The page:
Re: virus: Eye of the Needle (Wade)

Brett Lane Robertson (
Tue, 16 Sep 1997 00:05:11 -0500


Didn't you propose that potty-training was the "drosophillia" (a fruit fly,
right?) whose--I'm assuming--evolutionary history could tell us (something?)
about evolution [in an objective way, I assume]? If you have been following
this thread, might'nt "sewing" as I've defined it also work to reveal this
drosophile effect?

Questions: What is "drosophilia"? What facet of evolution were we
proposing to study? What aspect of potty-training was supposed to show
this? Am I using "sewing" as you were using "potty-training"? Which
drosophilia is better for showing an aspect of evolution, sewing or
potty-training? Why?

I think that sewing as an "idea" has undergone steady, ordered changes in
quick succession. I think that sewing is longitudinal and cross-cultural
(can address evolution accross time and accross groups...time and groups
being the control variables such that sewing would manifest as a constant
were it not for "development"--the dependent variable). I think that
theoretically "sewing" as a motor-skill applies to both mental and physical
development if physical development is varied constantly (evolution is taken
for granted as it applies to the physical) then "mental" evolution becomes
the focus. Therefore, I am proposing that the history of sewing be studied
to reveal mental development.

My theory is that: The physical pattern of sewing is a concrete example of
the mental state (being a motor-skill), it entails the quallities of
consistency, efficiency, linearity, repetition, patterns ( concrete
manifestations of mental processes--the consistency of willful
"didacticism", the efficiency of pragmatism, the linearity of deductive
reasoning, the repetition of inductive logic, the pattern-like
transcendence*). I would expect to find a progression from concrete to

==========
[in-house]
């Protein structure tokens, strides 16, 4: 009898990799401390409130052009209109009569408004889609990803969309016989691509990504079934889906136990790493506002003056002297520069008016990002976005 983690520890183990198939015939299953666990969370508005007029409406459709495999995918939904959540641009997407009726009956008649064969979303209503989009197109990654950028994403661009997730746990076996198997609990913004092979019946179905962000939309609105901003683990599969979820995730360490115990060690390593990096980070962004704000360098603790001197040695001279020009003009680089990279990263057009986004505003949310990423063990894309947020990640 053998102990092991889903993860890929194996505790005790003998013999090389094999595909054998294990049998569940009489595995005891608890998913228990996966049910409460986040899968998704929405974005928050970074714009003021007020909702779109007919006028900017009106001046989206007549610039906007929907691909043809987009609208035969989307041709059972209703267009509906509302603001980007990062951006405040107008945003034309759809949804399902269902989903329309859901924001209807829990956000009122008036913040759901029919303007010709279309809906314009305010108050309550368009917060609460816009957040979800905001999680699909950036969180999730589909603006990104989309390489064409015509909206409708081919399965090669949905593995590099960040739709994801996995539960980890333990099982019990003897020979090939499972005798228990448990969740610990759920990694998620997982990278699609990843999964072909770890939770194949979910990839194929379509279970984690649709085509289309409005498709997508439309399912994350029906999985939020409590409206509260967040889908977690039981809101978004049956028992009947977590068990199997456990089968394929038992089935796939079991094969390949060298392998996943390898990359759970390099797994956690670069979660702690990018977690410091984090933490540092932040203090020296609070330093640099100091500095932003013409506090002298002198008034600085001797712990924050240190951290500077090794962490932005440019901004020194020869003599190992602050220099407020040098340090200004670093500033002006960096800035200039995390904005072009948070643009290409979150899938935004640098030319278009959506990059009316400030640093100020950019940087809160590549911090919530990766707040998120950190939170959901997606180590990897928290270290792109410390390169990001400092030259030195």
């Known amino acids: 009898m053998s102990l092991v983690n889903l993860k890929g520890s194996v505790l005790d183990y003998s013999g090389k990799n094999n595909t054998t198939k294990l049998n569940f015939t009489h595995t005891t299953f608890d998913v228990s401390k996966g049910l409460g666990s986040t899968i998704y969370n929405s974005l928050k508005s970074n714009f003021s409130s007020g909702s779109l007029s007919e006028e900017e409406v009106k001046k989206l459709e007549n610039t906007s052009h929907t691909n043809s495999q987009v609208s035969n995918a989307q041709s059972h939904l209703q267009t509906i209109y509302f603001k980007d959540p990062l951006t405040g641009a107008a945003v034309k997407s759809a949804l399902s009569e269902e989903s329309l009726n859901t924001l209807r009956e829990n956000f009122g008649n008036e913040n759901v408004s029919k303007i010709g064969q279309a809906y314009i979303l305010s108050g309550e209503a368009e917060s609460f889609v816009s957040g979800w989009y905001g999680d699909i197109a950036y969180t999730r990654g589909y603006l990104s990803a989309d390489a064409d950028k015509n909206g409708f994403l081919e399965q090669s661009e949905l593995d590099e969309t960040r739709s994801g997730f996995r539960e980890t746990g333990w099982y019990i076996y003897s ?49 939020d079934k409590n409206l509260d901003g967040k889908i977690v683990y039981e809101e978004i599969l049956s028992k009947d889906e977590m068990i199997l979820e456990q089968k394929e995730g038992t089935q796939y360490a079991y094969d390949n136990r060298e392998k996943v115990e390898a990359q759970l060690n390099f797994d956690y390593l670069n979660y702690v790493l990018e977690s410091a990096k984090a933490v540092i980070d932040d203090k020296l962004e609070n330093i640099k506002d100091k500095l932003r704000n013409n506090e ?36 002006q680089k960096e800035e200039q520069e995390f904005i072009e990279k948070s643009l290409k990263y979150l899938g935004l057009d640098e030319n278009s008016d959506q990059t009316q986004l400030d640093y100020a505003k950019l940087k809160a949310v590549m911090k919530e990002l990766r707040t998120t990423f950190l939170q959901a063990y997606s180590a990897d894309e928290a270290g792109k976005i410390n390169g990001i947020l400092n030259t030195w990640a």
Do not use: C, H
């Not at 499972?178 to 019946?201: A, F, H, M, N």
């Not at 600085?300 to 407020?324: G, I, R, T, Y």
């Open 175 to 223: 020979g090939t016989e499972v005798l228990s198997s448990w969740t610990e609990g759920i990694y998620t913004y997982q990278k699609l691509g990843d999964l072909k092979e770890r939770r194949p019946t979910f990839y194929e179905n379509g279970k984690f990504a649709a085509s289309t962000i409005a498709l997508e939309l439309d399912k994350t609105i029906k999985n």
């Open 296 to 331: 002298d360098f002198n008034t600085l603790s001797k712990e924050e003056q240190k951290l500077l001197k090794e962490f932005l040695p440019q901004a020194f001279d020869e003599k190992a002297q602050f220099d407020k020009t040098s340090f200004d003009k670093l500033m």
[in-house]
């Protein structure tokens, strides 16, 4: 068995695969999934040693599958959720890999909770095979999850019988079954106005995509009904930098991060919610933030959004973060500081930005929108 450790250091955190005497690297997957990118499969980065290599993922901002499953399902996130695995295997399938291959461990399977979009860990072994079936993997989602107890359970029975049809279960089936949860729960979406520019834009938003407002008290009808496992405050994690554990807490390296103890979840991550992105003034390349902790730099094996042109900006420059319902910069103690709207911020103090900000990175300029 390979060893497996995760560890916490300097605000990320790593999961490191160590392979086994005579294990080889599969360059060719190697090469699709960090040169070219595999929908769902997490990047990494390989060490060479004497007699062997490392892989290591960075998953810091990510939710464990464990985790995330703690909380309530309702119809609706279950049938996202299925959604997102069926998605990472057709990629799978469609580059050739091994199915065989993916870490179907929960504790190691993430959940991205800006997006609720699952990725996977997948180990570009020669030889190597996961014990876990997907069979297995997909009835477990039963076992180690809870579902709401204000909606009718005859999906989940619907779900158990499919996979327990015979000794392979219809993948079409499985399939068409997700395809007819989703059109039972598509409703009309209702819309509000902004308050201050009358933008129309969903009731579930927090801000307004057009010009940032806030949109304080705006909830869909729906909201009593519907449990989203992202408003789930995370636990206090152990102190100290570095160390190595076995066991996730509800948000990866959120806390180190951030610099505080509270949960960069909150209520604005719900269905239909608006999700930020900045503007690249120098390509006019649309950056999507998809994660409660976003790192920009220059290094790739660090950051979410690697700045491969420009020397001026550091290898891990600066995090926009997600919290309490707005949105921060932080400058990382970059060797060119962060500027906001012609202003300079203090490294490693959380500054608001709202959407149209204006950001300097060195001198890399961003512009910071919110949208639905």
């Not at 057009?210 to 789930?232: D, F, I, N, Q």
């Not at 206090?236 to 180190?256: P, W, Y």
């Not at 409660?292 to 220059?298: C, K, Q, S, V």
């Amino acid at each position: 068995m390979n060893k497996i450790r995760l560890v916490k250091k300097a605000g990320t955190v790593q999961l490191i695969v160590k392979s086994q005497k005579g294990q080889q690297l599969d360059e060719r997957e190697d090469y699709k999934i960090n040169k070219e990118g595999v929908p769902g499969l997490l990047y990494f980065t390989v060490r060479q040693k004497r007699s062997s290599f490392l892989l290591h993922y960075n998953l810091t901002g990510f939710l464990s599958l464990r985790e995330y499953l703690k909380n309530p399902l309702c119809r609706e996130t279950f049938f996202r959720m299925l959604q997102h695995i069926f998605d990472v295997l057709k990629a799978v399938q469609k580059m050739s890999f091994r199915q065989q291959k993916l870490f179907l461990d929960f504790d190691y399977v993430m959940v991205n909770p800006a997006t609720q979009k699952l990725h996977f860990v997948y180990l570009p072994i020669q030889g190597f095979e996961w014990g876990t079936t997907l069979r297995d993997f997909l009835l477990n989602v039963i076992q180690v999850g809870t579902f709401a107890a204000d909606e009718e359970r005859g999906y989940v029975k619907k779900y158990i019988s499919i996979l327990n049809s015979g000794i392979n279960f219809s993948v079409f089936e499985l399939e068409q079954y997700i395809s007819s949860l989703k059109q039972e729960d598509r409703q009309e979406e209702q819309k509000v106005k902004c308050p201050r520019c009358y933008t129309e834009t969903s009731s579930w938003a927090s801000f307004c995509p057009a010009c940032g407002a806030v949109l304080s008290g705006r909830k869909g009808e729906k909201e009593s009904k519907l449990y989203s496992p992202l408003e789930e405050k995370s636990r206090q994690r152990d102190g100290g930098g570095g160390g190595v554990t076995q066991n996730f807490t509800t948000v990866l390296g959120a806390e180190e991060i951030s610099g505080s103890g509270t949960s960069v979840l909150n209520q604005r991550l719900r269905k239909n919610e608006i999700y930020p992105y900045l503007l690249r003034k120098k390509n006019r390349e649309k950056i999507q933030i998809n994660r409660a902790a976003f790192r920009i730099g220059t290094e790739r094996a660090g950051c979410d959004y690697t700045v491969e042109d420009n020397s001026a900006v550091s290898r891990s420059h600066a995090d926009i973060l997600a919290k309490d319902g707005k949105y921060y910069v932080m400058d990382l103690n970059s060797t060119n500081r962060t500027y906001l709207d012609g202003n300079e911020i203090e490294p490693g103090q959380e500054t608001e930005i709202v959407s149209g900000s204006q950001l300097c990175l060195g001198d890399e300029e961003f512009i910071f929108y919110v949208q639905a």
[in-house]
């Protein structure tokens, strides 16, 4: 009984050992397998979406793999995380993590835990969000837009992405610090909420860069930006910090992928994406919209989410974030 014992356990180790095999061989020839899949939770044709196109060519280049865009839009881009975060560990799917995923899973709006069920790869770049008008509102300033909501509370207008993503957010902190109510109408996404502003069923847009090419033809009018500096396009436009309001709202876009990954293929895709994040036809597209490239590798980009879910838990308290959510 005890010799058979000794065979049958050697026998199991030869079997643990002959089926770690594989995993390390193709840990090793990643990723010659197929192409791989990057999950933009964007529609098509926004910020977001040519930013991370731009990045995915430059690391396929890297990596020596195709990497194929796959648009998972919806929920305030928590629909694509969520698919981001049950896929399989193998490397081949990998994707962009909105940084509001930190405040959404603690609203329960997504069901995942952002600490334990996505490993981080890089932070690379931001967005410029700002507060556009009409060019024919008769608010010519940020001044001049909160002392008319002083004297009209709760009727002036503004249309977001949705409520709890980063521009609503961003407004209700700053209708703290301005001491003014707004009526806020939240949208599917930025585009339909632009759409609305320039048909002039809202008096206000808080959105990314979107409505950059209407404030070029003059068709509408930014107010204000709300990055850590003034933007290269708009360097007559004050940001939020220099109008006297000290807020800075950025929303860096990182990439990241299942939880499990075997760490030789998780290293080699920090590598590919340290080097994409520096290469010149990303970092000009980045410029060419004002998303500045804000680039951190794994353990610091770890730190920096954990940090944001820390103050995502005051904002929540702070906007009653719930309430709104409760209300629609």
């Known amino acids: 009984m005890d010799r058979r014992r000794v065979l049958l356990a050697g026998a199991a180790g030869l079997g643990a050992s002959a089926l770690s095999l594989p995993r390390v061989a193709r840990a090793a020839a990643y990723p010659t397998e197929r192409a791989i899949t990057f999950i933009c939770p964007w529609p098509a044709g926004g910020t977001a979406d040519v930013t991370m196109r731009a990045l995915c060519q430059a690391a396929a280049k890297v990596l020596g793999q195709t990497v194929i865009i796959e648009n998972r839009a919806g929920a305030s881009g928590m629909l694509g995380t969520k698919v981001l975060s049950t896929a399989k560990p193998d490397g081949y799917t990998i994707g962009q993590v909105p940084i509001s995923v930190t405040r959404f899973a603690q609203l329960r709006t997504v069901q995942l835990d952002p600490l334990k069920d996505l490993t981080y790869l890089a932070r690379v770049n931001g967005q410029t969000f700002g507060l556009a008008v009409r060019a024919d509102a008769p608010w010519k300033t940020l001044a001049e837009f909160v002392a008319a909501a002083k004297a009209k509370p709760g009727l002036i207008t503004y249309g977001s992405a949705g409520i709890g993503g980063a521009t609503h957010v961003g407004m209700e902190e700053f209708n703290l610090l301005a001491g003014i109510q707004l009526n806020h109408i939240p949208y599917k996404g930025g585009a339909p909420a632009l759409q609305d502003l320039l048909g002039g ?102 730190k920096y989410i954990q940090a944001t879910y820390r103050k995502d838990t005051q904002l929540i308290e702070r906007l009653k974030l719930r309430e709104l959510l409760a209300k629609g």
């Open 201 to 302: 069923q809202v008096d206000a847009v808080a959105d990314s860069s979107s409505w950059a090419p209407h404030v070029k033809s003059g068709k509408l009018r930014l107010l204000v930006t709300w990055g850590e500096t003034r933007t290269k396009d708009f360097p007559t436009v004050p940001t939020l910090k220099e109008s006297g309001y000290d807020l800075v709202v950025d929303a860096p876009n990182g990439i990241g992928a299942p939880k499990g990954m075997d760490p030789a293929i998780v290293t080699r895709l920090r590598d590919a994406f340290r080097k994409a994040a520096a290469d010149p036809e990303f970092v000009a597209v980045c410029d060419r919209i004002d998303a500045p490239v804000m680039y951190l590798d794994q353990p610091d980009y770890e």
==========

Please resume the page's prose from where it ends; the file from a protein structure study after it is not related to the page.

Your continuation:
abstract...from simple to complex from the earliest evolutionary state
through the present and consistent across all cultures.

I would study this through our living legacy, language using the sewing
metaphor as it applies to all other language patterns (suggesting that
sewing words were the earliest form of language and that all other patterns
will relate to this metaphor to lesser degrees as the metaphorical
significance of language evolves through different groupings--sexual,
mechanical, food, etc.-- such that associations which involve more sewing
metaphors are more ancient. This would further group metaphors according to
primacy...through which more evolutionary mechanisms might make themselves
known (if food preceeded sex, does civilization evolve higher levels of food
associations than sexual associations--do we have more eating disorders than
sexual disorders, for example).

Get my point? Does it follow your original line of thinking about


*categories to be refined when I understand some of the terminology better;
for example, what is "inductive reasoning", thinking using "patterns", or
thinking using "repetition"?

At 07:09 PM 9/15/97 -0700, you wrote:
>On Mon, 15 Sep 1997, Tim Rhodes wrote:

>> On Sun, 14 Sep 1997, Brett Lane Robertson wrote:

>> > My reasoning is that there was a more
>> > "material" nature to ancient life (less leasure to "wool-gather"--more
>> > sewing and less weaving).

>> This isn't a coment on the rest of the post, just this one small point:
>> In order to sew someone has to have wolven a fabric for you to sew
>> together, no?

>> Which came first, the chicken or his stylin' new duds?

>Actually, no. Sewing works on furs and leathers too, though it's damn
>hard work.

>Both weaving and sewing were probably invented before chickens, however.

>without a good encyclopedia handy

Rabble Sonnet Retort
Boy, n.:
A noise with dirt on it.